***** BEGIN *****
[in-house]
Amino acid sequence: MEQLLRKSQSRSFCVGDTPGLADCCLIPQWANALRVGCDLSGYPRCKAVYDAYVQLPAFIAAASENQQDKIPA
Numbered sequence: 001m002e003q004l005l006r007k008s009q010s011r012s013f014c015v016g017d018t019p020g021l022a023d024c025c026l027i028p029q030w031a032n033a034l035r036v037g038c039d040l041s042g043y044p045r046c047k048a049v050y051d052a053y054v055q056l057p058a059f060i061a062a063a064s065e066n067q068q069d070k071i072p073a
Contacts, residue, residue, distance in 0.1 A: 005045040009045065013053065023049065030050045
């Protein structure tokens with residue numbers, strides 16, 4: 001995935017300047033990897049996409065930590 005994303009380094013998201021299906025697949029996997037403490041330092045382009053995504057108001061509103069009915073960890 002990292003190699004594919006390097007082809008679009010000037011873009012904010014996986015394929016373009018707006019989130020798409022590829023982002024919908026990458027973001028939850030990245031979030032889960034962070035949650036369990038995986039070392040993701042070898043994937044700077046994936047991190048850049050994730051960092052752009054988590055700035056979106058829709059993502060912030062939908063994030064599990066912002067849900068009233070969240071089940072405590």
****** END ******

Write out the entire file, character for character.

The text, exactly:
[in-house]
Amino acid sequence: MEQLLRKSQSRSFCVGDTPGLADCCLIPQWANALRVGCDLSGYPRCKAVYDAYVQLPAFIAAASENQQDKIPA
Numbered sequence: 001m002e003q004l005l006r007k008s009q010s011r012s013f014c015v016g017d018t019p020g021l022a023d024c025c026l027i028p029q030w031a032n033a034l035r036v037g038c039d040l041s042g043y044p045r046c047k048a049v050y051d052a053y054v055q056l057p058a059f060i061a062a063a064s065e066n067q068q069d070k071i072p073a
Contacts, residue, residue, distance in 0.1 A: 005045040009045065013053065023049065030050045
């Protein structure tokens with residue numbers, strides 16, 4: 001995935017300047033990897049996409065930590 005994303009380094013998201021299906025697949029996997037403490041330092045382009053995504057108001061509103069009915073960890 002990292003190699004594919006390097007082809008679009010000037011873009012904010014996986015394929016373009018707006019989130020798409022590829023982002024919908026990458027973001028939850030990245031979030032889960034962070035949650036369990038995986039070392040993701042070898043994937044700077046994936047991190048850049050994730051960092052752009054988590055700035056979106058829709059993502060912030062939908063994030064599990066912002067849900068009233070969240071089940072405590």